Hello everyone! My name is Lieselotte Dubert and I would like to welcome you all to my Senior Project on the history of color! In the following weeks, I will embark on an in-depth study of the use of colored pigments in art.
My interest in pigments came from my life-long love of art. I frequently use acrylic paint in my pieces and was always curious about the materials in it. When combined with my interest in science, there was a natural transition into the fields of art conservation and restoration.
Like most things in life, art is not immune to the effects of passing time. As the years pass, the materials degrade, colors fade, and layers fall apart. The fields of art restoration and conservation exist to counter these effects. However, we have not yet found the best way to address every sign of aging. Every piece, from paintings to manuscripts, has its own set of materials and unique mixtures used. Pigment sources and paint recipes have changed throughout history, leading to different compositions and thus different effects as the art ages. This variety makes it difficult to efficiently analyze and address the issues in a piece because every piece must be dissected for its components before any work can be done. This is where my research question comes in. If a detailed history of different pigments can be mapped out, conservationists can shorten their research time by filtering their tests to find the pigments known to be used during the time of the piece’s creation. By cutting down the possibilities, researchers can work more efficiently and more art can be preserved.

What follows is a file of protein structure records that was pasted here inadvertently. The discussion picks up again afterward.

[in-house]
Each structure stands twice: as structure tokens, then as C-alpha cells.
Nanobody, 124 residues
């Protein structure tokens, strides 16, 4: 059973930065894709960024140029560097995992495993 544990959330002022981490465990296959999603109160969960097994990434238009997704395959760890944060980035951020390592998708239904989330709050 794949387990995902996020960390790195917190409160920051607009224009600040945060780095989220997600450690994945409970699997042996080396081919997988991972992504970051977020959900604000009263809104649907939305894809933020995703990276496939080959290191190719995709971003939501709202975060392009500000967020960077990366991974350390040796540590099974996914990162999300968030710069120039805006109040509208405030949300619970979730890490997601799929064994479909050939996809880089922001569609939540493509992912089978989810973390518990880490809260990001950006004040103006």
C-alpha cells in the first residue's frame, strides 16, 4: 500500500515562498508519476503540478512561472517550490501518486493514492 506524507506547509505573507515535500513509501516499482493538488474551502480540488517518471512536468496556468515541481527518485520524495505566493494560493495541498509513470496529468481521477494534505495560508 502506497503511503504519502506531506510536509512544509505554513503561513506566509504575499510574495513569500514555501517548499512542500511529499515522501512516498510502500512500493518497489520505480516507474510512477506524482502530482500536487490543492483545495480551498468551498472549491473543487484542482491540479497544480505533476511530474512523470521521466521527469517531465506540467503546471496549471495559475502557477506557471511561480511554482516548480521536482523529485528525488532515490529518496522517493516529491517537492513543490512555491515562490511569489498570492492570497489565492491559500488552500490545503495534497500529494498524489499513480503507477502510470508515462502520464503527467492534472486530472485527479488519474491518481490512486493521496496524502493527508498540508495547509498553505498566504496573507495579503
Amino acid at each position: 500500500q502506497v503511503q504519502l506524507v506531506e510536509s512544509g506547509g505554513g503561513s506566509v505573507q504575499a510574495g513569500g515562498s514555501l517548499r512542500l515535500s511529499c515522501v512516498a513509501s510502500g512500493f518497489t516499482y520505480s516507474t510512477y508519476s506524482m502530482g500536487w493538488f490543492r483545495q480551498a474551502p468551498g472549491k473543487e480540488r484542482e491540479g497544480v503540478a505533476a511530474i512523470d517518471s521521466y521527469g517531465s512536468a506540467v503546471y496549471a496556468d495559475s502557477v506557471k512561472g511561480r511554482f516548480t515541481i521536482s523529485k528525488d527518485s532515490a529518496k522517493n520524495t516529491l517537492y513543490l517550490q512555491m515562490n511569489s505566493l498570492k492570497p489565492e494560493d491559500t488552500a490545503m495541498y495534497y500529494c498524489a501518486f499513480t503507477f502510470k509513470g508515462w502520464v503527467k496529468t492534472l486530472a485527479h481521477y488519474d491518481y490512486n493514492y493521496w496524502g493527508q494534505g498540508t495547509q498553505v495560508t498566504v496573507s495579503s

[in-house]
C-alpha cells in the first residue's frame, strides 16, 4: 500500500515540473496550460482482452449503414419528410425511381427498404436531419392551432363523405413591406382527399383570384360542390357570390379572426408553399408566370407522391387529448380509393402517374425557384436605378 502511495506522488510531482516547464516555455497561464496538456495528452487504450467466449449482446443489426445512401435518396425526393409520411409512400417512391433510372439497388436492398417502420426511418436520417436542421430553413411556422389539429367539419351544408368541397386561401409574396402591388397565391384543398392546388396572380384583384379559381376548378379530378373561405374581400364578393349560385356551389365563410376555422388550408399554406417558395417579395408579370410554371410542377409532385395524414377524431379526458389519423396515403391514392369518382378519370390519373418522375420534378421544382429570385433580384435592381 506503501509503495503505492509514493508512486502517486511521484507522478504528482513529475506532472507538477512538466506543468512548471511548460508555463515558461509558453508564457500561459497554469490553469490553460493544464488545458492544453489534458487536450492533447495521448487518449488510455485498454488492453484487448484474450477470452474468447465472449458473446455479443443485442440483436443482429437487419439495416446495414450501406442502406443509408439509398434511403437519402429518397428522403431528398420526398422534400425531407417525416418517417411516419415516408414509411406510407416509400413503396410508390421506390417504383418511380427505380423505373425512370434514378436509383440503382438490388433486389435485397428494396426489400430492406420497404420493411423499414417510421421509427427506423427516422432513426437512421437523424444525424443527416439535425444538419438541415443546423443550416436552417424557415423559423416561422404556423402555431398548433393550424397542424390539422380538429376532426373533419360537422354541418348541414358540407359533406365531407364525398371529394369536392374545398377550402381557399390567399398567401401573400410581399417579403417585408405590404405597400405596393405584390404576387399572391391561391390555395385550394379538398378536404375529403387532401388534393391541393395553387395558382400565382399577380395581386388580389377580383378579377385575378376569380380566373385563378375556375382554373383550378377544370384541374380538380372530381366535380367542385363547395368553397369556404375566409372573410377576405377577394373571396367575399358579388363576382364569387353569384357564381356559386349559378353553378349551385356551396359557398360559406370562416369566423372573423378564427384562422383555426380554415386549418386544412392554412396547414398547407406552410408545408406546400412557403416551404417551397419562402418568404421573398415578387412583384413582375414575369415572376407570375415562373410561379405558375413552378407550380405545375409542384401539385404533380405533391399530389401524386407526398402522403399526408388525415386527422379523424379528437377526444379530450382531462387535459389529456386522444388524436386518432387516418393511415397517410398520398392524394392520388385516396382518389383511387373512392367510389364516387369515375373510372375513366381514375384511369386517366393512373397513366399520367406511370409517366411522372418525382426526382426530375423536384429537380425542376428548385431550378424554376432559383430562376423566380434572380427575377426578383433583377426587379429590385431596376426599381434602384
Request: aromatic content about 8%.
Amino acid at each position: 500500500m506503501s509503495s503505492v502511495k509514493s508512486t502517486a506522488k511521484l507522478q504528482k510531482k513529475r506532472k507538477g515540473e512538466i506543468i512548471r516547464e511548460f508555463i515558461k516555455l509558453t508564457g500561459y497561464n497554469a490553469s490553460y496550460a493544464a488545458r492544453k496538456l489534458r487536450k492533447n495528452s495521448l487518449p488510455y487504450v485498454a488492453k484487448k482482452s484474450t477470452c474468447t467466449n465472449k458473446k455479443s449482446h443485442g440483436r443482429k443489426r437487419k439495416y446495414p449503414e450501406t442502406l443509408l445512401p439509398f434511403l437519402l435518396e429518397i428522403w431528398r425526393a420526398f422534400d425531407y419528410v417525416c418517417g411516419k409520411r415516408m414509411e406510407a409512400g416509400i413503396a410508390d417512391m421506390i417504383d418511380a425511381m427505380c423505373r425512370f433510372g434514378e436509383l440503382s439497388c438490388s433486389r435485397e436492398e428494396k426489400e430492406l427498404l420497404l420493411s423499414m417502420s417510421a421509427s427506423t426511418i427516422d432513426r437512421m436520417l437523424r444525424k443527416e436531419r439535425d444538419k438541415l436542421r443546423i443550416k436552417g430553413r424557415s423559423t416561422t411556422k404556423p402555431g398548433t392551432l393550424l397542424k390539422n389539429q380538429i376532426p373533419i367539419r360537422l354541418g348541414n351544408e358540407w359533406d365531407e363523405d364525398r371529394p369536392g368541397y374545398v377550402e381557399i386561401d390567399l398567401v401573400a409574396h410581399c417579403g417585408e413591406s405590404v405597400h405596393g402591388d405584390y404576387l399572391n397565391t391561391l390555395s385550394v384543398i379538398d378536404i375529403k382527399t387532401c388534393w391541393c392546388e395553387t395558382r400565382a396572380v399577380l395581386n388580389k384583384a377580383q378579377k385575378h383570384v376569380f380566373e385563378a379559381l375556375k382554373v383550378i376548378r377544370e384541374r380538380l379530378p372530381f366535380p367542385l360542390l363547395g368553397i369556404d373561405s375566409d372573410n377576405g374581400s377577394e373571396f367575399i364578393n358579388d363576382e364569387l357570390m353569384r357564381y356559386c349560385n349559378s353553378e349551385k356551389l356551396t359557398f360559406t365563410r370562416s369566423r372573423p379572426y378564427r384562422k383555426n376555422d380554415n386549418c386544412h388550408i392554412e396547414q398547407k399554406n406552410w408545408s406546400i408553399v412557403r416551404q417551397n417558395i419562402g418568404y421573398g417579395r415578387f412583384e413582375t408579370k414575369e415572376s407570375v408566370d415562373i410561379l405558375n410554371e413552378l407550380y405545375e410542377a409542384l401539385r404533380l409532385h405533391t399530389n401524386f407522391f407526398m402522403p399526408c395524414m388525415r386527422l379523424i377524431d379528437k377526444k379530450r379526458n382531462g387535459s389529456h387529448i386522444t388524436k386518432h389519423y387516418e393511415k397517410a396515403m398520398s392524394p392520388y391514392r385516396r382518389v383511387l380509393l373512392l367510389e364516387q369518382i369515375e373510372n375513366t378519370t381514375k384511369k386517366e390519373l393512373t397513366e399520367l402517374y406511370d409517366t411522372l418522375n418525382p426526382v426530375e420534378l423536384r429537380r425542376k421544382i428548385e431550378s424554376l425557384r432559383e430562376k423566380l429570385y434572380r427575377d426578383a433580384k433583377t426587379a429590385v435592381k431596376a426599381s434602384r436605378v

In my project, I will be studying the history of pigments through their discovery, use, sourcing, degradation, and more. I will collect this information on each pigment from modern and historical records as well as any available databases. I hope to use this research to create a comprehensive and in-depth paper and accompanying visualizations (such as timelines, maps, and charts). This can be used as a reference for current work and future research. However, because of the breadth of information I need to review and the depth of study I hope to reach, this is a lofty goal. So, as exciting as all the colors may be, my project will focus on only one — the color yellow.